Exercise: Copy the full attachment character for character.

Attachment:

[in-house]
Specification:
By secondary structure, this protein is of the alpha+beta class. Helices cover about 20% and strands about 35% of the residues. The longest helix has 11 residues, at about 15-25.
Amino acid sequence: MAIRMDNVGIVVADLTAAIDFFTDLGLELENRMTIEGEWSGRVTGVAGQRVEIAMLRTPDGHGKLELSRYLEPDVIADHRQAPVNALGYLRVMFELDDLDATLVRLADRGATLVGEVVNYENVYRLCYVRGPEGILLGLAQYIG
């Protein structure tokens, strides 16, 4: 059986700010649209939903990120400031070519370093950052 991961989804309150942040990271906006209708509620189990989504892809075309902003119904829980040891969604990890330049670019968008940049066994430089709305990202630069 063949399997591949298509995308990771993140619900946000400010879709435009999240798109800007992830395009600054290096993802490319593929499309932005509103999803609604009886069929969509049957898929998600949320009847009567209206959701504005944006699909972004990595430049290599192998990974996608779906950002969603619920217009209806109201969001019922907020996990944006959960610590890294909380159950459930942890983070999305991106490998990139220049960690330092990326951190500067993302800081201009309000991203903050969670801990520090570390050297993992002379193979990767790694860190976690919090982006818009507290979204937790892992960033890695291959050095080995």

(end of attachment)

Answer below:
[in-house]
Specification:
By secondary structure, this protein is of the alpha+beta class. Helices cover about 20% and strands about 35% of the residues. The longest helix has 11 residues, at about 15-25.
Amino acid sequence: MAIRMDNVGIVVADLTAAIDFFTDLGLELENRMTIEGEWSGRVTGVAGQRVEIAMLRTPDGHGKLELSRYLEPDVIADHRQAPVNALGYLRVMFELDDLDATLVRLADRGATLVGEVVNYENVYRLCYVRGPEGILLGLAQYIG
């Protein structure tokens, strides 16, 4: 059986700010649209939903990120400031070519370093950052 991961989804309150942040990271906006209708509620189990989504892809075309902003119904829980040891969604990890330049670019968008940049066994430089709305990202630069 063949399997591949298509995308990771993140619900946000400010879709435009999240798109800007992830395009600054290096993802490319593929499309932005509103999803609604009886069929969509049957898929998600949320009847009567209206959701504005944006699909972004990595430049290599192998990974996608779906950002969603619920217009209806109201969001019922907020996990944006959960610590890294909380159950459930942890983070999305991106490998990139220049960690330092990326951190500067993302800081201009309000991203903050969670801990520090570390050297993992002379193979990767790694860190976690919090982006818009507290979204937790892992960033890695291959050095080995």